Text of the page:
Mysterious Bronze and Iron Age Children’s Graves Found in Norway

Archaeologists are puzzled by the discovery of dozens of Bronze and Iron Age children’s graves in southern Norway. The burials, each marked by circles of meticulously placed stones, were found by a team from Norway’s Museum of Cultural History last year near Fredrikstad, approximately 50 miles (80 kilometers) south of Oslo, near the Swedish border.

“They’ve lain here as a secret until we found them,” said museum archaeologist Guro Fossum. “We uncovered one after another and ended up with 41 round stone formations.” The circles of stones, measuring up to 6 feet (2 meters) across, were placed together like street cobblestones but were buried a few inches below the surface. Several circles were placed around a large, central stone, and further investigations revealed burned bones and pottery shards beneath those stones.

Now, a new analysis reveals that almost all of the burials contained children who died between 800 and 200 B.C. Many of the children were infants, and others ranged from 3 to 6 years old. “The dating shows that the burial site was used over a long period, so they couldn’t all have died in the same natural disaster or outbreak of disease or epidemic,” Fossum explained.

Such a concentration of ancient children’s graves is unprecedented in Europe, according to the museum. The area surrounding the burial ground is dotted with rock carvings depicting voyages and sun worship. Experts acknowledge that infant mortality rates were likely high during that time, but they have no explanation for the children’s graves.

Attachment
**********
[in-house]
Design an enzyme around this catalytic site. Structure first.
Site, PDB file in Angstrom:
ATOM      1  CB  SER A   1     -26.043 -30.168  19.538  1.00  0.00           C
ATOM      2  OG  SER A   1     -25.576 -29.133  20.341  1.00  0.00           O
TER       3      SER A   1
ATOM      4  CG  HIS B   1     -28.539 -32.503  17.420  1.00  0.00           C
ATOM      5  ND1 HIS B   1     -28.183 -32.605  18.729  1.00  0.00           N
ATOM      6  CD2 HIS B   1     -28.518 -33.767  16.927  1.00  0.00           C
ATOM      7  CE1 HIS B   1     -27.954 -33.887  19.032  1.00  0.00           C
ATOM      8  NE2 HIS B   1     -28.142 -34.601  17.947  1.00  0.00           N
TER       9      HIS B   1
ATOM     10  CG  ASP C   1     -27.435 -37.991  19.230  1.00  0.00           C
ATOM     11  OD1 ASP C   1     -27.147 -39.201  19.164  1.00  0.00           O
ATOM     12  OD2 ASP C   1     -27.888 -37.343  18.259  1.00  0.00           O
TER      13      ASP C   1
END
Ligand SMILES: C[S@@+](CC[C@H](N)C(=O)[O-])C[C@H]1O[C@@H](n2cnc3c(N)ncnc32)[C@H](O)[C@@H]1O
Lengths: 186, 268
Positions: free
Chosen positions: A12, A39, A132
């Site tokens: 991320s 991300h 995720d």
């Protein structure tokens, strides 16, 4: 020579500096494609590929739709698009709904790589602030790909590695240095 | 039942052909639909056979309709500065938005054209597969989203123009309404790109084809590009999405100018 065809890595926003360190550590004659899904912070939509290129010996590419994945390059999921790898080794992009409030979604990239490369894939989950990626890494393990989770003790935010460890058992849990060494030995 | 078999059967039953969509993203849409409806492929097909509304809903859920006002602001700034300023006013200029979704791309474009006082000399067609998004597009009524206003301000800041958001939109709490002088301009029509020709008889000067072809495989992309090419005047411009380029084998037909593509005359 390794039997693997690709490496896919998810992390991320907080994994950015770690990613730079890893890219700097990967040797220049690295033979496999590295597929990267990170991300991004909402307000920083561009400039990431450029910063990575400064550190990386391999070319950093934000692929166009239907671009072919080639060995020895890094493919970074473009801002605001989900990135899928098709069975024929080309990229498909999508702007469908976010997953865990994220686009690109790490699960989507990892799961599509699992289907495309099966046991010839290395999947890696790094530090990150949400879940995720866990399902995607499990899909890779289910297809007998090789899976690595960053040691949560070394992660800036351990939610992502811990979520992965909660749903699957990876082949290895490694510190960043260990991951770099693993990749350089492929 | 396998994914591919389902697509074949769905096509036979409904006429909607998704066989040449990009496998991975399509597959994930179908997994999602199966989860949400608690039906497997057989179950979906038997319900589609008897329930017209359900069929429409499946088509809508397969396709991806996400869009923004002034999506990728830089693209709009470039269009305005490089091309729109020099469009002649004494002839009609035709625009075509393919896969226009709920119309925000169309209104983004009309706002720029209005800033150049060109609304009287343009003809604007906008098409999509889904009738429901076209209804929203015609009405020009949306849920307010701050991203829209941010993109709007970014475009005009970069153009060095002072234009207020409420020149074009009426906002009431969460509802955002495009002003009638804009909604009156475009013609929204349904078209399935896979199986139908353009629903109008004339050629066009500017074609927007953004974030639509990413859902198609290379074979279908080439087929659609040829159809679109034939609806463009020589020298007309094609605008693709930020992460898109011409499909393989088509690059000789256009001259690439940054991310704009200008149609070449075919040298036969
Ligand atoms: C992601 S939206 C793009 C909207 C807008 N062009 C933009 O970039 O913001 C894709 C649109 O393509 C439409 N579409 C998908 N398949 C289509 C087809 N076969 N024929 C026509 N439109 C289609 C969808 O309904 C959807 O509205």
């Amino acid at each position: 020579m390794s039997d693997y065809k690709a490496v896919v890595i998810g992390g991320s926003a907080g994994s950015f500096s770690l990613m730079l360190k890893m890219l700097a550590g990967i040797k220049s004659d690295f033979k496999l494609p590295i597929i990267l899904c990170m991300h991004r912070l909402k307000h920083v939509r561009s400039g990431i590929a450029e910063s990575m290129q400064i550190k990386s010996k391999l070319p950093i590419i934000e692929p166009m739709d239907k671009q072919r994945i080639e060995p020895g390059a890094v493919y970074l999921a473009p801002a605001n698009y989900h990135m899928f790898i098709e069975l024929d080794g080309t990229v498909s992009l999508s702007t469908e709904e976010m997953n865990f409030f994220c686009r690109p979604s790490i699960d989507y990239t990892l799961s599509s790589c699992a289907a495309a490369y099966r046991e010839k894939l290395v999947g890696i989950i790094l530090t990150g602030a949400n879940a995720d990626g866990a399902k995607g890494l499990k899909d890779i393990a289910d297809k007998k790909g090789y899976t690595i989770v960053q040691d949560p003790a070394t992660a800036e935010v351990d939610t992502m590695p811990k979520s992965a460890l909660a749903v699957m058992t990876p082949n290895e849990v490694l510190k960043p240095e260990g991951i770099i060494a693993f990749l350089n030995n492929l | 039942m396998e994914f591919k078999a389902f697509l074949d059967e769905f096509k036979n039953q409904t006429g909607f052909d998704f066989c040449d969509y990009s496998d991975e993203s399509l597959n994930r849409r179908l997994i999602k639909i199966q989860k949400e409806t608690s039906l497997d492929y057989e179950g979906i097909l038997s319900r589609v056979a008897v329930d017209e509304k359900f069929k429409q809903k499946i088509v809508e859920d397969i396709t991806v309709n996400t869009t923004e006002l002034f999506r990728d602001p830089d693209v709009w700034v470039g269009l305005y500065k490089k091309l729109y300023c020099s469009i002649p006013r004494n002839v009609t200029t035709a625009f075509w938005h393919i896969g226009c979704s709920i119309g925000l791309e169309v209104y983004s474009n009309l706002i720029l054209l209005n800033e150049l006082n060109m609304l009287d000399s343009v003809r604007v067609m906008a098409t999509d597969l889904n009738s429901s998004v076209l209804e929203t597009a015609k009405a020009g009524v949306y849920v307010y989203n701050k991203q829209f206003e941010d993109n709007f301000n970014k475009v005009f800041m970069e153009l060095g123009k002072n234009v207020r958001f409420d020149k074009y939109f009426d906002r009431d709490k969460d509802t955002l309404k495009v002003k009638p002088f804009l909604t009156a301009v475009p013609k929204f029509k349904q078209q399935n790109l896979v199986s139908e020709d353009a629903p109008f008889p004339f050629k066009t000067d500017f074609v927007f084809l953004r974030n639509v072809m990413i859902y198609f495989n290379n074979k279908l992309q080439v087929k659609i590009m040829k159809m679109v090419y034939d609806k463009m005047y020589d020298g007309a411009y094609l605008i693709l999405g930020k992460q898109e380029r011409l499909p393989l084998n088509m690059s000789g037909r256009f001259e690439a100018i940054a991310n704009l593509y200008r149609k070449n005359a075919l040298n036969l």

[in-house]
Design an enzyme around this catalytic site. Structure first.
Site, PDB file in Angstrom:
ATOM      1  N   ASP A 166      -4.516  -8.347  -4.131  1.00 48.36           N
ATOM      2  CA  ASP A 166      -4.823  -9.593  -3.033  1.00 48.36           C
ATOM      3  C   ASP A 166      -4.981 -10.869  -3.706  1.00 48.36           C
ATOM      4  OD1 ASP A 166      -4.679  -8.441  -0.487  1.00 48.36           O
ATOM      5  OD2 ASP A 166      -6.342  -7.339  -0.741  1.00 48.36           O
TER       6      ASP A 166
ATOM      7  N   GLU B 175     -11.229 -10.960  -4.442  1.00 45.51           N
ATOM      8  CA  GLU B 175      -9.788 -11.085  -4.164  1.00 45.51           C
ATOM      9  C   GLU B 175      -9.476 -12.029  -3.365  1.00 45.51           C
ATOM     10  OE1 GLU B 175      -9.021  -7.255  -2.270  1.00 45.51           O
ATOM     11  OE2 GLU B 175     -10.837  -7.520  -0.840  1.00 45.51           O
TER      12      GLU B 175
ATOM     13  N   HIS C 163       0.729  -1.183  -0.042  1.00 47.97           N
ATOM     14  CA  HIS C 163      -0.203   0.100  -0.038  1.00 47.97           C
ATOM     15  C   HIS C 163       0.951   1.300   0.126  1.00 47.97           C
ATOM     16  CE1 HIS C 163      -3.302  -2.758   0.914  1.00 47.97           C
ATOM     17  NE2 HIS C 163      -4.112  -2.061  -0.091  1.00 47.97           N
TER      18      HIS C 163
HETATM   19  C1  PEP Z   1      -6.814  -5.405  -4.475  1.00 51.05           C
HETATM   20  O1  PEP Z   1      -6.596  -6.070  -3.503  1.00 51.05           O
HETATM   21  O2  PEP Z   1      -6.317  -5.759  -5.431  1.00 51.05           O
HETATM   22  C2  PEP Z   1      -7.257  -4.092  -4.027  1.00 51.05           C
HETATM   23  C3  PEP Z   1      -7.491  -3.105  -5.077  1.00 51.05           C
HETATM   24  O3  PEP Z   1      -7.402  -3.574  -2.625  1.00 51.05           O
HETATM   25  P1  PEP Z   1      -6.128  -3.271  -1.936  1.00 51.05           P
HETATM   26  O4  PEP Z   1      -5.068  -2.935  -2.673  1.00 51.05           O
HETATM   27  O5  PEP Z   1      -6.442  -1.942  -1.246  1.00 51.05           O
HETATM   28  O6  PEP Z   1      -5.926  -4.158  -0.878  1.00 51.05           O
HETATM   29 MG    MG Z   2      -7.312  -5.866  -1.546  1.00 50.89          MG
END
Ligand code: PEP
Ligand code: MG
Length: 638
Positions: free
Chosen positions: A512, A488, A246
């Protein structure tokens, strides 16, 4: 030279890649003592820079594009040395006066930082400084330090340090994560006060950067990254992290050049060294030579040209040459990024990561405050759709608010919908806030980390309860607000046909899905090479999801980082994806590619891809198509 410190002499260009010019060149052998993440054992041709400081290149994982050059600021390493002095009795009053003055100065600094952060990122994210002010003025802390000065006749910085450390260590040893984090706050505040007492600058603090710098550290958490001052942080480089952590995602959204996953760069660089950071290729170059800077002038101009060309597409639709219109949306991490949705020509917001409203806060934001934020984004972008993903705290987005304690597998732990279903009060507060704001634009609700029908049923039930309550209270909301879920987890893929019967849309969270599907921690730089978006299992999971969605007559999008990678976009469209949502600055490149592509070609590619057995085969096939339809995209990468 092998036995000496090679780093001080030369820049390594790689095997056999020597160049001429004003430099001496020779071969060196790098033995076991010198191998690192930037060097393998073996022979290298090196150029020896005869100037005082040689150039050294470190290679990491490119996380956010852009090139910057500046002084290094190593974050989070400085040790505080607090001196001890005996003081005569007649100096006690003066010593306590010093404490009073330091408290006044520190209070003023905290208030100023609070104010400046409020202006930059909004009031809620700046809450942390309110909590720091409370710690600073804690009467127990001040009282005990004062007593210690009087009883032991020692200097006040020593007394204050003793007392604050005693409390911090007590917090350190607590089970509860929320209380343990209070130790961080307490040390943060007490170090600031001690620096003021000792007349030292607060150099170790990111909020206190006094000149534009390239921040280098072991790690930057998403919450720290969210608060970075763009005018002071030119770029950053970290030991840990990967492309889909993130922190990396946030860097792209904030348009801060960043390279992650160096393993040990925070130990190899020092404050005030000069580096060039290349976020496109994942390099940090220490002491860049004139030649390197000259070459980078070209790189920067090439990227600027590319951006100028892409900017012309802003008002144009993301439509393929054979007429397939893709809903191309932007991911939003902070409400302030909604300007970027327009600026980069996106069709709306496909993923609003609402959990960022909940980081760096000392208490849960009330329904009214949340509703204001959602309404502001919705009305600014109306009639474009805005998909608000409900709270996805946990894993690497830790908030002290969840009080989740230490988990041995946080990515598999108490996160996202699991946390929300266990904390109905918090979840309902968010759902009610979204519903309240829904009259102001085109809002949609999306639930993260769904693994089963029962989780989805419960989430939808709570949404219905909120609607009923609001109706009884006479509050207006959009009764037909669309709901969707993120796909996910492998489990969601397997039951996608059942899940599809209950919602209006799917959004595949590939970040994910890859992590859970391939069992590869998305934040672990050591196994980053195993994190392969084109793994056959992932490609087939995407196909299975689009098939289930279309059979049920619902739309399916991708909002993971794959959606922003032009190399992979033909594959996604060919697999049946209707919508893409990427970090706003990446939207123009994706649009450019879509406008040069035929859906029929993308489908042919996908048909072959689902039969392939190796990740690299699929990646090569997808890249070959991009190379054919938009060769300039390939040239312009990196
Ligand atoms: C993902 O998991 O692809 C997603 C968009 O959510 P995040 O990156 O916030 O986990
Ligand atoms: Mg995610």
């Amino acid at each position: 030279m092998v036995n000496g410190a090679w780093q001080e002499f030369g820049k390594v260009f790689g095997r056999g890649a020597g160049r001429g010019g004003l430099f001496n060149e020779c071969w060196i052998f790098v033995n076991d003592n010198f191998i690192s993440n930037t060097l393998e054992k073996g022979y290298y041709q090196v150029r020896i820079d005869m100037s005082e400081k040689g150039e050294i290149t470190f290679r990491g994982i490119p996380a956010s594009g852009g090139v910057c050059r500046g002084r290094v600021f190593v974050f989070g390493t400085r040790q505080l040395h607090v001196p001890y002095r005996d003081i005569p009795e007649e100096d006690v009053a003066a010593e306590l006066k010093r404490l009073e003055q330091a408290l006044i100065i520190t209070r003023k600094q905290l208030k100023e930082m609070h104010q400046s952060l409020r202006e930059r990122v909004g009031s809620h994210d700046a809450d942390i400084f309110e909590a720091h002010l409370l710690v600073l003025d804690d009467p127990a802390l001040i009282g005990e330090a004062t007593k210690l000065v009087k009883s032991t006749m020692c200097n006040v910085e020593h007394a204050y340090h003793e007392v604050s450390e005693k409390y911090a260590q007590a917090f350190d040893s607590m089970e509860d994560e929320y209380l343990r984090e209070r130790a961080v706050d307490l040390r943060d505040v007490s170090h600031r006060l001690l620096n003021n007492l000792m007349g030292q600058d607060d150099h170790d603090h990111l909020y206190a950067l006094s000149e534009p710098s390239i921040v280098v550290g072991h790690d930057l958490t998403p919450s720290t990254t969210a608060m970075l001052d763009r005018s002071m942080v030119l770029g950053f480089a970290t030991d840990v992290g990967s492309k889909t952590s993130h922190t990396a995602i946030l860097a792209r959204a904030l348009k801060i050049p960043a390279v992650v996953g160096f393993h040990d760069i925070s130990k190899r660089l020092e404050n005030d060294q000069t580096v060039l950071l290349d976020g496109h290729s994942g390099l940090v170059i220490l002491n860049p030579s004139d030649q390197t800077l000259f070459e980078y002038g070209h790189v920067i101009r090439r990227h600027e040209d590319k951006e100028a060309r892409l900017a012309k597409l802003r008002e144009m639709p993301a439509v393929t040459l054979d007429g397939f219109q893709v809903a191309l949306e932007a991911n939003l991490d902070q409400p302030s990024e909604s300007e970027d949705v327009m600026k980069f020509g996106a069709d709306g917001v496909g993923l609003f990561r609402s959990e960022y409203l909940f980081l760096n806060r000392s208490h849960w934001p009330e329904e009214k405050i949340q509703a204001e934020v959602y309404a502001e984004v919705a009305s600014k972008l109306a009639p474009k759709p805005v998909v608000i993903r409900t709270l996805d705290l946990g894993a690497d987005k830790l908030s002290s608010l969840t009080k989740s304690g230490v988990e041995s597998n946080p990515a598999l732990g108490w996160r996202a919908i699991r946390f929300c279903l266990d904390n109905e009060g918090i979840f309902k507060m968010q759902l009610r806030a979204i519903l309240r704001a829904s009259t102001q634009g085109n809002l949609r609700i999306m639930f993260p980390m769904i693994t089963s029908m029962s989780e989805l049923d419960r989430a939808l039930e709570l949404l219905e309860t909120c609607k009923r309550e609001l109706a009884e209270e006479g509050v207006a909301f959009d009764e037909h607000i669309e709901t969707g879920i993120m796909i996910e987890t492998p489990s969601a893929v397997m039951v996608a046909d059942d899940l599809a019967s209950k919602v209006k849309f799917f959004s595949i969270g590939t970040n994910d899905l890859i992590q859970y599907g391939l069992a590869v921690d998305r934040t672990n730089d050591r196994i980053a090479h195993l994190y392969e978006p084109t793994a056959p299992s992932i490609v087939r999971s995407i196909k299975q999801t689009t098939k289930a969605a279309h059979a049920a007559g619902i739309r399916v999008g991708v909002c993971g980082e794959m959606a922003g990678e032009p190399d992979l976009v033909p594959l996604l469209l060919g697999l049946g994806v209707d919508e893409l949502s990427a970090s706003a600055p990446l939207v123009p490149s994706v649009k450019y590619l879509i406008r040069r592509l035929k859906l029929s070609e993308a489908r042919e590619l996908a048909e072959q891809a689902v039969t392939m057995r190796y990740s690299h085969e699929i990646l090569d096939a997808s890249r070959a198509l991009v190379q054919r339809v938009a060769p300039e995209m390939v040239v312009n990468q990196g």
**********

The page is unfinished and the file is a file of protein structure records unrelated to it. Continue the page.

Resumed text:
After securing vital samples from the site and photographing it extensively, archaeologists covered their excavations. However, one of the stone formations will soon be featured in an exhibition titled “In Memory of the Children” at the Cultural History museum in Oslo. Archaeologists also plan to analyze artifacts from the site, including pieces of pottery and a potential metal brooch.

“Analyses of the pottery fragments can tell us a lot,” Fossum said. “It doesn’t appear that all the vessels were containers for burnt bones; some were placed between the graves, and we are very curious about what was inside them.”

Archaeologists stumbled upon the burial ground while investigating a Stone Age settlement nearby. During the Nordic Bronze and Iron ages, it was common practice to cremate the dead on pyres and either bury or scatter any remaining bones, according to Fossum. A flat layer of stones in a spiral or wheel pattern was then often built over the cremation site.

However, the burial site at Fredrikstad stands out. “The graves are very close together,” Fossum remarked. “They must have been in an open landscape, with thoroughfares nearby, so everyone would have known about them. Cooking pits and fireplaces around the site suggest that gatherings and ceremonies were held in connection with burials.”

Moreover, the graves were meticulously crafted. “Each stone was sourced from a different location and placed precisely in the formation,” Fossum said. “We wondered who put in so much effort.” The answer came with the realization that most of the dead were children. “They were small children’s graves,” she said. “This was done with so much care.”

The discovery raises numerous questions about the burial practices and the societal significance of the site. Archaeologists are eager to delve deeper into the analysis of the artifacts and the site itself to unravel the mysteries surrounding these ancient children’s graves.

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